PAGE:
When are improvements typically seen after initiation of corticosteroid treatment for giant cell arteritis (GCA) (temporal arteritis)?

Updated: Sep 03, 2020
  • Author: Mythili Seetharaman, MD; Chief Editor: Herbert S Diamond, MD  more...
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Answer

Improvement of systemic symptoms (eg, headache, lethargy) typically occurs within 72 hours of initiation of therapy. The elevation in erythrocyte sedimentation rate (ESR) and ischemic manifestations (eg, temporal headache, jaw claudication) diminish in several days. The ESR often drops even in patients with a normal baseline reading.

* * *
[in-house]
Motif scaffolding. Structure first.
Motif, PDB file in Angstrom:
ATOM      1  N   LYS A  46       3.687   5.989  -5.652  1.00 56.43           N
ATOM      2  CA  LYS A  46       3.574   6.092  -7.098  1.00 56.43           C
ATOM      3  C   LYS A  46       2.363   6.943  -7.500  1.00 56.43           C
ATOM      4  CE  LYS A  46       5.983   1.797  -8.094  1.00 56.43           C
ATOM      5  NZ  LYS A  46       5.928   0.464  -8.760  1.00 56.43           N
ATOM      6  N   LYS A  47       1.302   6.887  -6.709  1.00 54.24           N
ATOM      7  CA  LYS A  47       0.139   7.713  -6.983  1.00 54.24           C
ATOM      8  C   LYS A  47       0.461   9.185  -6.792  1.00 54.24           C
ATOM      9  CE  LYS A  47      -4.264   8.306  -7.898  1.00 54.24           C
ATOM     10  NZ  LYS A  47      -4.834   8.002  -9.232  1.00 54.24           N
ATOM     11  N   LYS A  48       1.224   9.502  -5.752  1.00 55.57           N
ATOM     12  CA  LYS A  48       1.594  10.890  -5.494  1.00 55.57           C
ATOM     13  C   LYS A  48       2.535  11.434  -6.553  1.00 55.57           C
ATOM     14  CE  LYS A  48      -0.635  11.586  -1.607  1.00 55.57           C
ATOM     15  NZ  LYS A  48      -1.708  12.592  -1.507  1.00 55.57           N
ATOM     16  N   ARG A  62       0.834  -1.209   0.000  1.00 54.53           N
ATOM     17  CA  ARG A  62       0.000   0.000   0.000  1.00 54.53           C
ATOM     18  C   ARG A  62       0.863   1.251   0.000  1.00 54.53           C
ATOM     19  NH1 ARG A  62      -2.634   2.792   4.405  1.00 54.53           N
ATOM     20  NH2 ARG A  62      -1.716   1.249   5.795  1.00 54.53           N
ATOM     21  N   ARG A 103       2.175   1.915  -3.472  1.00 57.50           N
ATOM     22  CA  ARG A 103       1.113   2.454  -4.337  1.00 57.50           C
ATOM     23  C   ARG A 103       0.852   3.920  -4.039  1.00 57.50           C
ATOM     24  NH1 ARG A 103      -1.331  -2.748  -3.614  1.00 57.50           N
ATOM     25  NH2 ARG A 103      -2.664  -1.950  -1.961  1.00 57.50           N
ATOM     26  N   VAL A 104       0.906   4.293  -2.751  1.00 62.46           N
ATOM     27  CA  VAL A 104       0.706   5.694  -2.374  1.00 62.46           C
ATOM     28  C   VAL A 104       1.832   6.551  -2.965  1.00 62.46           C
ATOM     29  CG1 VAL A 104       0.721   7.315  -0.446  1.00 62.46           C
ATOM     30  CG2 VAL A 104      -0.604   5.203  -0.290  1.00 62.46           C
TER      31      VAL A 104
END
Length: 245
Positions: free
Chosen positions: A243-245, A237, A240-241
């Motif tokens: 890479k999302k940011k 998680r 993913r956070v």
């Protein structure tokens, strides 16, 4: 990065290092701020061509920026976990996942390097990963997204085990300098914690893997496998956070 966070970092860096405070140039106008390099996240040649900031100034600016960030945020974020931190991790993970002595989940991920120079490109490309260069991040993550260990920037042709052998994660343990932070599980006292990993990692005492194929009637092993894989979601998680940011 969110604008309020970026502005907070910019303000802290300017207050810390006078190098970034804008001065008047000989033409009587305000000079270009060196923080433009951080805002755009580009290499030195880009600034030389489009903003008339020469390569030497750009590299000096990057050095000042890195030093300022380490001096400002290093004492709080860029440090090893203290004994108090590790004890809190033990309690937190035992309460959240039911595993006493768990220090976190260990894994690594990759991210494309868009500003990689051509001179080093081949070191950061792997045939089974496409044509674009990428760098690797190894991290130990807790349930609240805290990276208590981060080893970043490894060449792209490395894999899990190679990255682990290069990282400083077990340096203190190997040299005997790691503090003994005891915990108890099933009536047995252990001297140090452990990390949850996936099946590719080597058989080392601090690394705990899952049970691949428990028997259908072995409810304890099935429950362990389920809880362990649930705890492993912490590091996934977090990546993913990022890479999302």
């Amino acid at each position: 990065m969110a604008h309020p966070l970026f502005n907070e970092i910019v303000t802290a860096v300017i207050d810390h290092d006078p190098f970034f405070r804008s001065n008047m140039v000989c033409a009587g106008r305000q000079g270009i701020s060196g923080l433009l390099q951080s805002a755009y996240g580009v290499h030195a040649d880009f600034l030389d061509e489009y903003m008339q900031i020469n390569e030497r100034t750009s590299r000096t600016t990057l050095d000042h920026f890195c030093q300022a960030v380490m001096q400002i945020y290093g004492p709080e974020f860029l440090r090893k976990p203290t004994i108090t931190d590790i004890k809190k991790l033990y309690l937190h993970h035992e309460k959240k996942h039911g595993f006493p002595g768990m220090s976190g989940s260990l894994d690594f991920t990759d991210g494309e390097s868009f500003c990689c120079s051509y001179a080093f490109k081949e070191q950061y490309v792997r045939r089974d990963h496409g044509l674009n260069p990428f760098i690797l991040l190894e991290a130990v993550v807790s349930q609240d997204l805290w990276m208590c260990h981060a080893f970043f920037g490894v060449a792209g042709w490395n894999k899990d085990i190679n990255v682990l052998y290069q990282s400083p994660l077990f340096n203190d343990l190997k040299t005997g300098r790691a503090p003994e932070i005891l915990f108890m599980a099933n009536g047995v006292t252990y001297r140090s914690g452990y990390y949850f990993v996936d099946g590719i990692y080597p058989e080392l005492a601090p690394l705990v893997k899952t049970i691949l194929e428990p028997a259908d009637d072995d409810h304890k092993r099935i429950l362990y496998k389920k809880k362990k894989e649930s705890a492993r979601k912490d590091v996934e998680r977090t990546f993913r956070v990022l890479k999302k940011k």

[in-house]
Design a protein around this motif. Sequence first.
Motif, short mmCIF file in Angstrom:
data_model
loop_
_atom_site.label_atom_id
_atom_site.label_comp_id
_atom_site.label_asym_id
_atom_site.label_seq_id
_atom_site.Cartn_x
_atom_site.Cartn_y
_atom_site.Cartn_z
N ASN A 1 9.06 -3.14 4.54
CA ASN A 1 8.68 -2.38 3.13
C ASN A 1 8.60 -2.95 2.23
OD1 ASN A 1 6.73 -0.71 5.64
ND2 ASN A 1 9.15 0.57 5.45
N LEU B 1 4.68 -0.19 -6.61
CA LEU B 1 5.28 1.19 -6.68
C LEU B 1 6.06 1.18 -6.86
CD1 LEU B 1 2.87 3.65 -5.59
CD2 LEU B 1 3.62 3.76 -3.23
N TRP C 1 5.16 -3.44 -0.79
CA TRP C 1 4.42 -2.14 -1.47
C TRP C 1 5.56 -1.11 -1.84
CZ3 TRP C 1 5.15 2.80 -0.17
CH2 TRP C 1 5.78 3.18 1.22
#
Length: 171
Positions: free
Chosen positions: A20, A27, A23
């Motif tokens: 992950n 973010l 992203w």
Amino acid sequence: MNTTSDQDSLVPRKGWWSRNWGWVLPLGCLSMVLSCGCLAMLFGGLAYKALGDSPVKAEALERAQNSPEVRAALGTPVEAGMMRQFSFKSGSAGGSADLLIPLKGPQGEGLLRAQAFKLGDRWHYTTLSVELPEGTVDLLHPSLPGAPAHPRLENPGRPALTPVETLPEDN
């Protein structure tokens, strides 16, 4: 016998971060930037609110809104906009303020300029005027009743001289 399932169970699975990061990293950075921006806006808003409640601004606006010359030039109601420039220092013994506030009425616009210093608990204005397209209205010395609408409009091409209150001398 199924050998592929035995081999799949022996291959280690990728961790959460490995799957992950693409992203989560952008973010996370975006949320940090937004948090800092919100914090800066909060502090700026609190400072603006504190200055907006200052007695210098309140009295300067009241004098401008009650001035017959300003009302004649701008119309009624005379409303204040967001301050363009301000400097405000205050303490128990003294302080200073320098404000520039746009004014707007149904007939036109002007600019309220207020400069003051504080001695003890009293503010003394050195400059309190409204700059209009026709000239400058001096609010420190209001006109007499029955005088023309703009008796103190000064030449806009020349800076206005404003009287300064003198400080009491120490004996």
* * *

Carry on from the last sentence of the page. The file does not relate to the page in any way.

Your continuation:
Patients with multi-infarct dementia from GCA should not expect immediate cognitive recovery; however, longitudinal follow-up should show no further deterioration and may show modest improvement. Even with prompt treatment, visual loss may be permanent.

High-dose steroid therapy should be maintained only long enough for symptoms to resolve. Steroids should then be tapered slowly to the lowest dose required to suppress symptoms. Both clinical signs and sequential measurements of the ESR (or C-reactive protein level) assist in monitoring the patient's response. Patients with visual involvement usually require slower tapering of corticosteroids.


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